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Open Access Highly Accessed Research article

Diagnostic value of blood inflammatory markers for detection of acute appendicitis in children

Ulrich Sack1*, Birgit Biereder2, Tino Elouahidi2, Katrin Bauer1, Thomas Keller3 and Ralf-Bodo Tröbs4

Author Affiliations

1 Institute of Clinical Immunology and Transfusion Medicine, Medical Faculty of the University of Leipzig, Leipzig, Germany

2 Department of Pediatric Surgery, Medical Faculty of the University of Leipzig, Leipzig, Germany

3 Acomed Statistics, Leipzig, Germany

4 Department of Pediatric Surgery, Ruhr-University of Bochum, Marienhospital Herne, Herne, Germany

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BMC Surgery 2006, 6:15  doi:10.1186/1471-2482-6-15

Published: 28 November 2006

Abstract

Background

Acute appendicitis (AA) is a common surgical problem that is associated with an acute-phase reaction. Previous studies have shown that cytokines and acute-phase proteins are activated and may serve as indicators for the severity of appendicitis. The aim of this study was to compare diagnostic value of different serum inflammatory markers in detection of phlegmonous or perforated appendicitis in children.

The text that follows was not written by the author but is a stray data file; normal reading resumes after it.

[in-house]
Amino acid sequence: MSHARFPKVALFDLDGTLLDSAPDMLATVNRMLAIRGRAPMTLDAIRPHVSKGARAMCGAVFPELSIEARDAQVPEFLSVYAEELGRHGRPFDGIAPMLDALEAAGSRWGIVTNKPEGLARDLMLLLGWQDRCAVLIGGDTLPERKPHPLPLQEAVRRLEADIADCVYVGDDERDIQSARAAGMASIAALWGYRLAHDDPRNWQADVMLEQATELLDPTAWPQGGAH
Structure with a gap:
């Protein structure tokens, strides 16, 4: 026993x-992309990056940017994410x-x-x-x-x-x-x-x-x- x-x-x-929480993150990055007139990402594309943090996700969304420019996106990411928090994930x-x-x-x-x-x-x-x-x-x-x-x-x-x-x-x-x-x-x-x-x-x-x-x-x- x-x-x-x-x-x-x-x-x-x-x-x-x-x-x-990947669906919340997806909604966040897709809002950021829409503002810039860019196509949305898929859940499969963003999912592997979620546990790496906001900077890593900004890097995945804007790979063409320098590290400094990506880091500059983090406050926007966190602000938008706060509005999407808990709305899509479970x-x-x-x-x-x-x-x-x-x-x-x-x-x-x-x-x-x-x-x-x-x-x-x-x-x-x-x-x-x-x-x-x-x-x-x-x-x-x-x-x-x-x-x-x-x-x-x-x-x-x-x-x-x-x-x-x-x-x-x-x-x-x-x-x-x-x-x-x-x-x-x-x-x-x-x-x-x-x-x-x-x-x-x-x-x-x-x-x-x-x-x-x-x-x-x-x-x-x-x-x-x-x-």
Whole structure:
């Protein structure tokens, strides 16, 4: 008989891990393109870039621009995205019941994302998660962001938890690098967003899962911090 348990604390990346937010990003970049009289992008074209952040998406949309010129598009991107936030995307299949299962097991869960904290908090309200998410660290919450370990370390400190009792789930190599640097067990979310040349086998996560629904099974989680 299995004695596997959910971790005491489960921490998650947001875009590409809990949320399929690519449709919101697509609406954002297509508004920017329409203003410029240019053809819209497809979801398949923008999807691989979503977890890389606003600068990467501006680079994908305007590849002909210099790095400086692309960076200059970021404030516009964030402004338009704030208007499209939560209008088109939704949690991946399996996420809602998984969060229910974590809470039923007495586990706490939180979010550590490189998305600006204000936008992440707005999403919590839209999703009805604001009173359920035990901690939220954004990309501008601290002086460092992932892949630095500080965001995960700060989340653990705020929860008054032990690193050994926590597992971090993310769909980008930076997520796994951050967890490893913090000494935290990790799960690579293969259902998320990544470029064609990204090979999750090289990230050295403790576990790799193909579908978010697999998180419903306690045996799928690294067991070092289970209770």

Methods

Data were collected prospectively on 211 consecutive children. Laparotomy was performed for suspected AA for 189 patients. Patients were subdivided into groups: nonsurgical abdominal pain, early appendicitis, phlegmonous or gangrenous appendicitis, perforated appendicitis.

White blood cell count (WBC), serum C-reactive protein (CRP), interleukin-6 (IL-6), tumor necrosis factor α (TNF-α), acid α1-glycoprotein (α1GP), endotoxin, and erythrocyte sedimentation reaction (ESR) were estimated ad the time of admission. The diagnostic performance was analyzed using receiver operating characteristic (ROC) curves.

Results

WBC count, CRP and IL-6 correlated significantly with the severity of appendiceal inflammation. Identification of children with severe appendicitis was supported by IL-6 or CRP but not WBC. Between IL-6 and CRP, there were no significant differences in diagnostic use.

Conclusion

Laboratory results should be considered to be integrated within the clinical assessment. If used critically, CRP and IL-6 equally provide surgeons with complementary information in discerning the necessity for urgent operation.